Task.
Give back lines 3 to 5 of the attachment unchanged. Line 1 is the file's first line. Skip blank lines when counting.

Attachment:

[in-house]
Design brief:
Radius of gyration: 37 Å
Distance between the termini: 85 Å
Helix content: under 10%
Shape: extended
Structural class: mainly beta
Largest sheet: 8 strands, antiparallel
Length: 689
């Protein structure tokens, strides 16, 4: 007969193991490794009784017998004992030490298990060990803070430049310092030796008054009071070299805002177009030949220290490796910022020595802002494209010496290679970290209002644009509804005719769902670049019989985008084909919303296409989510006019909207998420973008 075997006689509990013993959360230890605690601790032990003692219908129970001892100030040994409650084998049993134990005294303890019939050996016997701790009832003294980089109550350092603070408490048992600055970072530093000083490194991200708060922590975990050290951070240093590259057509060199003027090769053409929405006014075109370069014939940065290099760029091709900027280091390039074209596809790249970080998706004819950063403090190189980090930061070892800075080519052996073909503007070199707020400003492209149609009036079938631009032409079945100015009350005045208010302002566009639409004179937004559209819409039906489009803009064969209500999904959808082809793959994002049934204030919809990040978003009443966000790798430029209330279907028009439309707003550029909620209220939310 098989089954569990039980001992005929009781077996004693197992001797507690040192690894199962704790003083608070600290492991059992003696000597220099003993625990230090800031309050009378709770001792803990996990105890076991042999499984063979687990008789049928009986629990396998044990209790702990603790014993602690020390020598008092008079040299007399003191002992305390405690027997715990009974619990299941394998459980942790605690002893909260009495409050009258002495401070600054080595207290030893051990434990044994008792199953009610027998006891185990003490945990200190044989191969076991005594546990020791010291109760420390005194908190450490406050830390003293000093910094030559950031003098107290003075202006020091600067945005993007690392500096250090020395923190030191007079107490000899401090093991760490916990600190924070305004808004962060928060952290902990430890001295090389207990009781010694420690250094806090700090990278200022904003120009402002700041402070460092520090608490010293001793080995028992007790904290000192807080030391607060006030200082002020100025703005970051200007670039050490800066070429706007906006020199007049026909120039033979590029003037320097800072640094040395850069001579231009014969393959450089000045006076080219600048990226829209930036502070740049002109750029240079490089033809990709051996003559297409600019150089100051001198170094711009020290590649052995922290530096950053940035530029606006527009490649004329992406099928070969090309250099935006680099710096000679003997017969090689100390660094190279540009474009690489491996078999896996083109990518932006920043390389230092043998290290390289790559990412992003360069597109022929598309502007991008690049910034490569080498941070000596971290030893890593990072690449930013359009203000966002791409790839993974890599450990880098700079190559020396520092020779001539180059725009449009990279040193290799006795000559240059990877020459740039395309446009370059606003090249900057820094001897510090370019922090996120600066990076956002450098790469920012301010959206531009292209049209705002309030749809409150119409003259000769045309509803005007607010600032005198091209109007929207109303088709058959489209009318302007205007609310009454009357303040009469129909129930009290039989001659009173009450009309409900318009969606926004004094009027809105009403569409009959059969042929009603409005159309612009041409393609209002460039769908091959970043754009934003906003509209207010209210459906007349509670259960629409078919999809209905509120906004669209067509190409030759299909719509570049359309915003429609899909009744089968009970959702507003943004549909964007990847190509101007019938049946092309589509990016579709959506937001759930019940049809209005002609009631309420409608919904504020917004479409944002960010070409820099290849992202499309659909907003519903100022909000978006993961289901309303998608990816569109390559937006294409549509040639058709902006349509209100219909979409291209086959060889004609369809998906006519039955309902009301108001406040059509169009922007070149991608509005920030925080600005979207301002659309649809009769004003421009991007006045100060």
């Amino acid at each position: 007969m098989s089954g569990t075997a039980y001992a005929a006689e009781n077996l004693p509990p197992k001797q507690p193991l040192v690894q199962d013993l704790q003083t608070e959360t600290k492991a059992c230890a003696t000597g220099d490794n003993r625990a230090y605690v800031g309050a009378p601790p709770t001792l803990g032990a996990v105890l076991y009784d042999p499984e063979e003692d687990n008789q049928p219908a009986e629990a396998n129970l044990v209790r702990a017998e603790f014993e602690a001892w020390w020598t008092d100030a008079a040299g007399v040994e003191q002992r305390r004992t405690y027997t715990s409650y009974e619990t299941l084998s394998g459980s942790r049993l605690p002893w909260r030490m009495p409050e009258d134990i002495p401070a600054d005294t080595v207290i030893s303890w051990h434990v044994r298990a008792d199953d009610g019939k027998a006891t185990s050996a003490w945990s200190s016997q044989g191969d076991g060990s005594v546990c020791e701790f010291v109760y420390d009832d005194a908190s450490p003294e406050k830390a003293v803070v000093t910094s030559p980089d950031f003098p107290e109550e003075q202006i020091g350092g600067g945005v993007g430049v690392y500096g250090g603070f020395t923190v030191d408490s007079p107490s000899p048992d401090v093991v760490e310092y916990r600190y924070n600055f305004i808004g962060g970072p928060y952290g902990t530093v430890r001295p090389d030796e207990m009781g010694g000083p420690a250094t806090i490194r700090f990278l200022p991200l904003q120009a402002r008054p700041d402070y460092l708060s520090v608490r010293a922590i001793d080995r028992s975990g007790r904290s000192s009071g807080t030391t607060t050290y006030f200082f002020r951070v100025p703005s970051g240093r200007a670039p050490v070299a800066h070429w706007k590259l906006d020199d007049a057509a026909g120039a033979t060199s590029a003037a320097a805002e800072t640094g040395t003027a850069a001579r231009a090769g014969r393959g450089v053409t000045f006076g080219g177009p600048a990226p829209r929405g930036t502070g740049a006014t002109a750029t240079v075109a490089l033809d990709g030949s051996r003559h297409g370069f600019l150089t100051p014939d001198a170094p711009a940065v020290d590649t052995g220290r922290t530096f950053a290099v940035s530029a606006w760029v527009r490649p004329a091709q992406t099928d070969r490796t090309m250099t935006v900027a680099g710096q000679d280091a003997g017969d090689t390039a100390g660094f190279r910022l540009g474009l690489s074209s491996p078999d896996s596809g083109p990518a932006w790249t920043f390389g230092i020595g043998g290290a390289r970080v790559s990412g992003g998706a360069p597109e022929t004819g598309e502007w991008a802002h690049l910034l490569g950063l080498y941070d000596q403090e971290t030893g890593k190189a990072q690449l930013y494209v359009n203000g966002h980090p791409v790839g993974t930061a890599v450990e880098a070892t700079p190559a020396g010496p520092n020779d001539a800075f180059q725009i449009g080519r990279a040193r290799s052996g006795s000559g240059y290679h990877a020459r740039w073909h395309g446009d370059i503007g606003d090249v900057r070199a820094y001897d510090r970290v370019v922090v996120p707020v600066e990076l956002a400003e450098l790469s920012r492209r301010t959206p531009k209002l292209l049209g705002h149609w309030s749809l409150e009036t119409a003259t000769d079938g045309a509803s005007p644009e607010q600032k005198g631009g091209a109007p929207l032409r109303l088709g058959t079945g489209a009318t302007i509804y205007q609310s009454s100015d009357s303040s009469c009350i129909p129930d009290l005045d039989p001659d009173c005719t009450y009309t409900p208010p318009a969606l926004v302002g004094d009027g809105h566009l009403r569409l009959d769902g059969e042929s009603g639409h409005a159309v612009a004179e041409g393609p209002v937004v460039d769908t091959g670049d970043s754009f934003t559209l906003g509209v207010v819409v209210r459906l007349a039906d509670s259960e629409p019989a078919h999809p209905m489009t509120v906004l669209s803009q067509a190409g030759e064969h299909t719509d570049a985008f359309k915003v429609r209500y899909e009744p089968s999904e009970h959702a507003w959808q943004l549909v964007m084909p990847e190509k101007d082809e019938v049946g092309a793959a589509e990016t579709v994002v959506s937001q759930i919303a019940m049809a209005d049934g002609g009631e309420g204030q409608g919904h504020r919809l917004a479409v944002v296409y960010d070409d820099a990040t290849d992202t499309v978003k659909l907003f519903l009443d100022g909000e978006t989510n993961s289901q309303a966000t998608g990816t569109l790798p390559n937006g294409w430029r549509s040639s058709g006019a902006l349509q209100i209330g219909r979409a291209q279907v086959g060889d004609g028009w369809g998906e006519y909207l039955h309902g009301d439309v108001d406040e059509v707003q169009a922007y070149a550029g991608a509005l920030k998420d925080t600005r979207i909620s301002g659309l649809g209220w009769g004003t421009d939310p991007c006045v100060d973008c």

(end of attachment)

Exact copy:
Radius of gyration: 37 Å
Distance between the termini: 85 Å
Helix content: under 10%